The power of fake news has no limits. Misinformation is often thought about in terms of political news, but sometimes it is used to scare acommunity.
Fake news and misinformation can cause tension within communities being targeted, like a Latino community in Chicago.
Activist Moises Moreno walks down 18th Street in the Pilsen neighborhood in Chicago. It is a cold winter morning and snowflakes are sprinkled on the shoulders of his dark coat.
“This is Chicago weather,” Moreno said. “I am used to it.”
The cold weather does not bother him. He is focused on one thing: educating his immigrant community with facts.
“We’re trying to provide the information community members should have,” he said.
Rumors in the Pilsen community circulated online, claiming there were mass immigration arrests. Moreno says that was when pro-immigrant organizations created a rapid-response network to educate immigrants with accurate information.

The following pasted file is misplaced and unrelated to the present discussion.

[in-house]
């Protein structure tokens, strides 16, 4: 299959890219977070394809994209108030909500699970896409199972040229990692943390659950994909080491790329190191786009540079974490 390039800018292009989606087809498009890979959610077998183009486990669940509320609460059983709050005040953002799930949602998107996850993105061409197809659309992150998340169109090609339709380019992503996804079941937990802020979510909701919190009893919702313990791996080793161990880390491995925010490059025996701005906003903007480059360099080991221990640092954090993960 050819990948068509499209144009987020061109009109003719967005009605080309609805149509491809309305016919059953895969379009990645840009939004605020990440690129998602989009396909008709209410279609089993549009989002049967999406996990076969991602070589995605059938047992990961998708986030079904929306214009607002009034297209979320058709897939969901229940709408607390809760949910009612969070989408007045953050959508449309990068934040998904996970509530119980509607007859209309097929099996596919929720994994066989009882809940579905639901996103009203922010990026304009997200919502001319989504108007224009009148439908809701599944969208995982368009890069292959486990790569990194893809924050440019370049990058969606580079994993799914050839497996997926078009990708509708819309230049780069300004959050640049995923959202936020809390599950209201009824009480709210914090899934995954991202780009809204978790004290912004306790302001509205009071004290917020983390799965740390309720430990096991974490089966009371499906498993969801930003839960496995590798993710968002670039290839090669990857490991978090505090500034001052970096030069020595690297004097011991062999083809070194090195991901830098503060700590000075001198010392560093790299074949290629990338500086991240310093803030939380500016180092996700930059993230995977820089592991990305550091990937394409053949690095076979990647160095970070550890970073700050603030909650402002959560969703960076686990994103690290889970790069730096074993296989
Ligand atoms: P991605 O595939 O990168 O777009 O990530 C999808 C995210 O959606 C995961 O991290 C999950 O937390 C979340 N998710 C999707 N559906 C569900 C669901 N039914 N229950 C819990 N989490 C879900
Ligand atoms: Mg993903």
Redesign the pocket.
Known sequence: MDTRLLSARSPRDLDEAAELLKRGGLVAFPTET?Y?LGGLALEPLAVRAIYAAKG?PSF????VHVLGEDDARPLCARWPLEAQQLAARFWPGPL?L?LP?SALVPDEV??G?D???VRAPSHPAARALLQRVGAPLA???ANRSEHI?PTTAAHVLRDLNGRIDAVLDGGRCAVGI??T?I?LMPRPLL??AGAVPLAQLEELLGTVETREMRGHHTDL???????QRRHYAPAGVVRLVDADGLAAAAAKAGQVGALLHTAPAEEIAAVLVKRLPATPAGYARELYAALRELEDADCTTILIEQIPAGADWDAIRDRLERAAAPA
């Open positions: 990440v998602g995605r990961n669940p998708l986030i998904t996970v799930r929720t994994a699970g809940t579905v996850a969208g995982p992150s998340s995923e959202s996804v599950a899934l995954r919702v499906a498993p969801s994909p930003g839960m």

“If and when ICE (Immigration and Customs Enforcement) is spotted in the community, there is a process which we verify there is a responsible and direct response to make sure the information we have is valid,” Moreno explained.
This veteran activist also helps weed out rumors. Recently, some residents reported alleged ICE vehicles parked in their neighborhood. They thought they were there to conduct a raid.
“From what we heard some government agents were there to have lunch. We did not hear families being detained,” said Moreno.
The pro-immigrant activist recommends the following:
· Be skeptical. If the social media post says “I heard” or “I saw,” but it doesn’t attribute the information to a specific well-known source or agency, look for another source.
· Question if a post appears to be jumping to a conclusion. For example, if a post claims a dark SUV was spotted and says it must be part of an ICE raid, without providing more evidence, you should question the validity of the post.